Each episode, he said, is its own story about someone in the underground club scene. “The first is about a DJ who has been out of the scene for years but gets roped back in with a chance to do a spur-of-the-moment set,” he said. “The next one’s about a guy who works at a PR firm and gets a sudden push to sign his clients to ’360 deals,’ but he goes in a different direction. ... It’s nice to have a silver lining. In an alternate universe where things were normal, it’s very possible I still wouldn’t have started writing.”
Mask chains to raise money for charity
Huiran Xaxni, 34, Palm Harbor
Huiran started selling beaded mask chains in June for family and friends, with a goal of donating proceeds to Feast Food Pantry in Palm Harbor. “That ‘hobby’ blew up a little, and to date I have made roughly 150 mask chains and donated over $300 in cash to Feast,” Huiran said. The chains let you hang your mask around your neck when you don’t need it on your face. She plans to keep making them, and donating the money. She accepts orders via email at email@example.com.
Garden boxes and lots of veggies
Carlos Prince, 44, Tampa
When the coronavirus first hit, Prince, a realtor in Tampa, went to the grocery store like many other people. “The toilet paper thing kind of scared me, and then you went to Publix and they were running out of chicken and beef,” he said. “I thought, if they close stores or something, how are we going to survive?” He bought some vegetable plants at Home Depot and started watching videos on how to keep them alive, but soon he was running out of pots. He turned to the YouTube channel homesteadonomics to learn how to build his own raised gardening boxes, even though he’d never really built anything before. So many people asked where they could get one that he started a business, Skyway Gardening, to help others be self-sufficient. He takes orders via firstname.lastname@example.org.
Some ‘really ugly’ spoons
Jessica Knight, 30, and Nick Pine, 33, St. Petersburg
Knight has been getting into crocheting, and with her fiance, Nick Pine, has been refinishing a vintage wooden chair found on Facebook marketplace, disassembling and sanding pieces in 40-minute chunks of time (”It’s going to take us a year,” Knight said), but they both enjoyed getting into whittling, the process of carving wood with a knife by hand. “It’s some stuff I wanted to learn for a while,” Knight said. “I bought a whittling kit on Amazon, and made some really ugly spoons. It was fun.”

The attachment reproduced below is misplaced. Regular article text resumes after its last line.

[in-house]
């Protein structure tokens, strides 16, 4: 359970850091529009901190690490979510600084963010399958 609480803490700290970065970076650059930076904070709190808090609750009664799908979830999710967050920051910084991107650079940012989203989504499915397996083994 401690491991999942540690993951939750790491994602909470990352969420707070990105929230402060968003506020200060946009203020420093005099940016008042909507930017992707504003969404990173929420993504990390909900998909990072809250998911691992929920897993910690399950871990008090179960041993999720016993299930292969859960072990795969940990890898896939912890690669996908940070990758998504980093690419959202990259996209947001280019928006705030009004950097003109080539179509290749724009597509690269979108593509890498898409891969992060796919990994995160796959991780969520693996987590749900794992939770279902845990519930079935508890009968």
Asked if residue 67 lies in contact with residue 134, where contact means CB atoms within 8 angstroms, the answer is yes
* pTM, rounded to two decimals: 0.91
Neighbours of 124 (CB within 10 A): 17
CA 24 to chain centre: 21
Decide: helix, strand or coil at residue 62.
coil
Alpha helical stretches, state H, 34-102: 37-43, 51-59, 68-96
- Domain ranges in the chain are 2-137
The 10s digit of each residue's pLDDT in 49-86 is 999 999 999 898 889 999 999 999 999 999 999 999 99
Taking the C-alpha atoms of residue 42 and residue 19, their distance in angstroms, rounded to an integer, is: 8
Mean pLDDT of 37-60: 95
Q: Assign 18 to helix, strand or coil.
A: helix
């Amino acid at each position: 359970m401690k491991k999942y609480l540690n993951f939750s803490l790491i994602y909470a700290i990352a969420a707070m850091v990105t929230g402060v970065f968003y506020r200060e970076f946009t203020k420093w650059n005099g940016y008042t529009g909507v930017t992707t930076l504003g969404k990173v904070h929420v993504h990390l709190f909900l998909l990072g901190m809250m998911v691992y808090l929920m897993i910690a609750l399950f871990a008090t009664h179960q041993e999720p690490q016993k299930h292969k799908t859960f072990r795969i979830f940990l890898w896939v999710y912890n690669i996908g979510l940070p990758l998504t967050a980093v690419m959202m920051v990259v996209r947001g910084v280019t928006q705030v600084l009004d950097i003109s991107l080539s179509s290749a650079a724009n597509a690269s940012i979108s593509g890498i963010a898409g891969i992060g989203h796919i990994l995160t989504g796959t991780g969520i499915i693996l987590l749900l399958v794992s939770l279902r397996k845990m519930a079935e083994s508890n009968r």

Alyssa Pitruzzello, 25, Brandon
“I had always been interested in learning to crochet and I tried to learn a couple times,” Pitruzzello said. “I ended up getting a Kindle book to learn the basics and from there I just found some crochet patterns and started trying them out. It’s a nice relaxing hobby to have and it helps me have something productive to do so that I don’t spend all day looking at my phone.”
Trey Cartwright, 21, Brandon
Cartwright said he has been out of work during the pandemic and has coped with that by using free time to craft beats with the music production program Fruity Loops. “Just being creative, trying to pass time in a way that gives evidence that you’re here,” he said. “Every time you make a beat it’s progress, the same as an artist working on a canvas.” His tracks, which he posts to SoundCloud, are mostly in the trap and “underground Florida music” genre.
Ten pounds of muscle
Dane Rahaman-Singh, 26, Tampa
Rahaman-Singh said that having more time at home during quarantine finally “gave me time to lock down on my nutrition ... and gave me the rest I needed to finally bulk up a bit.” He said he put on 10 pounds of muscle, something he’d been aiming at for a while.
A cookie room, and many, many cookies
Lisa Nagle, 57, Lithia
Nagle, who started baking weekly batches of cookies for first responders at St. Petersburg General and Northside Hospital when life slowed down due to the pandemic, created a “cookie room” in her home. What is that? “A cookie room is a room that has been converted into a special little room of happiness,” she said. “It’s where I go to decorate my little gems of joy. Mine used to be my son’s room until he moved out. ... I’m getting pretty good!”